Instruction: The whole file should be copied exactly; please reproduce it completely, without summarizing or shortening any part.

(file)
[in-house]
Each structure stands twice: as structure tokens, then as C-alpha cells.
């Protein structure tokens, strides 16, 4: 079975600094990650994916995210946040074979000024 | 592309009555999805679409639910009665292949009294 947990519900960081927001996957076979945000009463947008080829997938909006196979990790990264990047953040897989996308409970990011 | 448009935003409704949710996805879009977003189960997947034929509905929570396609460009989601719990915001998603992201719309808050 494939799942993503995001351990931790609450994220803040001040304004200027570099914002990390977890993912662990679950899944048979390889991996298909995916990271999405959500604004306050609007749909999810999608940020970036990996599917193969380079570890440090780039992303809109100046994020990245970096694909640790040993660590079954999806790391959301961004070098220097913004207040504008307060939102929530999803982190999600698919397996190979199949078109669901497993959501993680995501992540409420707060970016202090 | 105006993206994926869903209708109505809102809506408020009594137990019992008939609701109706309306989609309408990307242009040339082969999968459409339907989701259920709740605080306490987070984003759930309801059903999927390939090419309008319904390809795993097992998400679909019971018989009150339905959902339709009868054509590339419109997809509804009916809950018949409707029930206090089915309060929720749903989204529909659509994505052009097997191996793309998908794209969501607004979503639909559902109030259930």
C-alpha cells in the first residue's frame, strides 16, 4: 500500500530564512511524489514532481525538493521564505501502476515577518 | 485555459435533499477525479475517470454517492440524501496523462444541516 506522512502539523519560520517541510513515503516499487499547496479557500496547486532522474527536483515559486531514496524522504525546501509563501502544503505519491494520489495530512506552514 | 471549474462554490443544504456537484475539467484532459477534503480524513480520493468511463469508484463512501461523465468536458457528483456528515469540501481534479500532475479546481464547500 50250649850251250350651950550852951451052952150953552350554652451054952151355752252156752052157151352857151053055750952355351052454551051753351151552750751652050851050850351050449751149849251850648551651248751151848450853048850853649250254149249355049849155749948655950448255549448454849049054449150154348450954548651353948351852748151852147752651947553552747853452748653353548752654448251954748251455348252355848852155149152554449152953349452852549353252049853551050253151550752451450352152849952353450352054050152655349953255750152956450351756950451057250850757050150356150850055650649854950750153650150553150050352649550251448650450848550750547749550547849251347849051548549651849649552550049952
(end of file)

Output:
[in-house]
Each structure stands twice: as structure tokens, then as C-alpha cells.
């Protein structure tokens, strides 16, 4: 079975600094990650994916995210946040074979000024 | 592309009555999805679409639910009665292949009294 947990519900960081927001996957076979945000009463947008080829997938909006196979990790990264990047953040897989996308409970990011 | 448009935003409704949710996805879009977003189960997947034929509905929570396609460009989601719990915001998603992201719309808050 494939799942993503995001351990931790609450994220803040001040304004200027570099914002990390977890993912662990679950899944048979390889991996298909995916990271999405959500604004306050609007749909999810999608940020970036990996599917193969380079570890440090780039992303809109100046994020990245970096694909640790040993660590079954999806790391959301961004070098220097913004207040504008307060939102929530999803982190999600698919397996190979199949078109669901497993959501993680995501992540409420707060970016202090 | 105006993206994926869903209708109505809102809506408020009594137990019992008939609701109706309306989609309408990307242009040339082969999968459409339907989701259920709740605080306490987070984003759930309801059903999927390939090419309008319904390809795993097992998400679909019971018989009150339905959902339709009868054509590339419109997809509804009916809950018949409707029930206090089915309060929720749903989204529909659509994505052009097997191996793309998908794209969501607004979503639909559902109030259930």
C-alpha cells in the first residue's frame, strides 16, 4: 500500500530564512511524489514532481525538493521564505501502476515577518 | 485555459435533499477525479475517470454517492440524501496523462444541516 506522512502539523519560520517541510513515503516499487499547496479557500496547486532522474527536483515559486531514496524522504525546501509563501502544503505519491494520489495530512506552514 | 471549474462554490443544504456537484475539467484532459477534503480524513480520493468511463469508484463512501461523465468536458457528483456528515469540501481534479500532475479546481464547500 50250649850251250350651950550852951451052952150953552350554652451054952151355752252156752052157151352857151053055750952355351052454551051753351151552750751652050851050850351050449751149849251850648551651248751151848450853048850853649250254149249355049849155749948655950448255549448454849049054449150154348450954548651353948351852748151852147752651947553552747853452748653353548752654448251954748251455348252355848852155149152554449152953349452852549353252049853551050253151550752451450352152849952353450352054050152655349953255750152956450351756950451057250850757050150356150850055650649854950750153650150553150050352649550251448650450848550750547749550547849251347849051548549651849649552550049952